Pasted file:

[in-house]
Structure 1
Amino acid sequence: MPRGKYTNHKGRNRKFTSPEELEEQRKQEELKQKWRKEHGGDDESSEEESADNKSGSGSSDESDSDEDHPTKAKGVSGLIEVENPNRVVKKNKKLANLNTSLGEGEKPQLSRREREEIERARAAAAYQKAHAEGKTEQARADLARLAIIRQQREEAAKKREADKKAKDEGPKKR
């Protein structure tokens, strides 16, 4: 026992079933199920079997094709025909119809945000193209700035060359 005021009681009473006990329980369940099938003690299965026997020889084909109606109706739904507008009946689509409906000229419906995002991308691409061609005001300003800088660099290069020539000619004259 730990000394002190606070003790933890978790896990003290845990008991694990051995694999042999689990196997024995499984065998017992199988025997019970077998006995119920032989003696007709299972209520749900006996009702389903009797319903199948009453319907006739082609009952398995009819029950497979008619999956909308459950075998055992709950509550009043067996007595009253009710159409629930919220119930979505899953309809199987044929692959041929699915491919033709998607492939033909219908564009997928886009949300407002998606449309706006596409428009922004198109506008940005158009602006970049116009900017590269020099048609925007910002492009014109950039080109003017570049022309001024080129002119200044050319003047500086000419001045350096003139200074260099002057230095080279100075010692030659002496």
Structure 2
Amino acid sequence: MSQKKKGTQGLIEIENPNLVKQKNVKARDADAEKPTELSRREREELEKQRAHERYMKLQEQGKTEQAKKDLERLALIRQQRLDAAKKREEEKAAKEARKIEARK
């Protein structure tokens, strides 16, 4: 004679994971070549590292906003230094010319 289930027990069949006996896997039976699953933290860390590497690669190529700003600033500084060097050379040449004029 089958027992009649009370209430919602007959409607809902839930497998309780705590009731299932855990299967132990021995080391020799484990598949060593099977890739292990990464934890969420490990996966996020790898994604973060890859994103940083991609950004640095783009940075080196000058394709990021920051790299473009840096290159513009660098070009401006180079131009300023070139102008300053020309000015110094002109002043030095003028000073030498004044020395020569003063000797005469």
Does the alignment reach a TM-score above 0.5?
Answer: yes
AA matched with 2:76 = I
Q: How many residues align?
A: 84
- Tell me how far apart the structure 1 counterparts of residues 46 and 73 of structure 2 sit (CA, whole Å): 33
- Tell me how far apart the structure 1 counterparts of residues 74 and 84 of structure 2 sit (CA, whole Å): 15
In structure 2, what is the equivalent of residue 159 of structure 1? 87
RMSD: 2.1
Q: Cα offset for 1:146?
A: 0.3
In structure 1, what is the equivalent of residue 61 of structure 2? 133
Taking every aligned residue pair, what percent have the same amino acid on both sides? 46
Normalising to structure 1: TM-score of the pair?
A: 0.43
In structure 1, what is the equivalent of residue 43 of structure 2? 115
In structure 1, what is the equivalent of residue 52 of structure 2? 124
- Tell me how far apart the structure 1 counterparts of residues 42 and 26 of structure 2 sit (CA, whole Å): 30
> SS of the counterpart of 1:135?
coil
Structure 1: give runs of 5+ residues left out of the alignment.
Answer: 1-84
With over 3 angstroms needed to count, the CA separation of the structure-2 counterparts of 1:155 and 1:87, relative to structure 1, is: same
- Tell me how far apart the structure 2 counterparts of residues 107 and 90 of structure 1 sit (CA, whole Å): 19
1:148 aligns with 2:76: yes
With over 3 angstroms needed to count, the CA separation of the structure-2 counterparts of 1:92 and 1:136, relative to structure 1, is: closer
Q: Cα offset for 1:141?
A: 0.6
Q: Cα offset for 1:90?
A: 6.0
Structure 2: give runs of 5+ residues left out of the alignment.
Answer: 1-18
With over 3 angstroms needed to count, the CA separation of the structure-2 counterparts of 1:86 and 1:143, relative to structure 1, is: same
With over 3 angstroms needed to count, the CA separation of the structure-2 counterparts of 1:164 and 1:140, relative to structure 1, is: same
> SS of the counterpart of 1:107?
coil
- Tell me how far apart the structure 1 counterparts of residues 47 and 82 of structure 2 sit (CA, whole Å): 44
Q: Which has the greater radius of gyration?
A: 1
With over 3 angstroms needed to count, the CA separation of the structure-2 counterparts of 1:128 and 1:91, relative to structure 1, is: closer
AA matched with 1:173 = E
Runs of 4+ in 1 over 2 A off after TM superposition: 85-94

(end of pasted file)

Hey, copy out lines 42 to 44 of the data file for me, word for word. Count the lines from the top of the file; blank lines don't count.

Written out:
> SS of the counterpart of 1:107?
coil
- Tell me how far apart the structure 1 counterparts of residues 47 and 82 of structure 2 sit (CA, whole Å): 44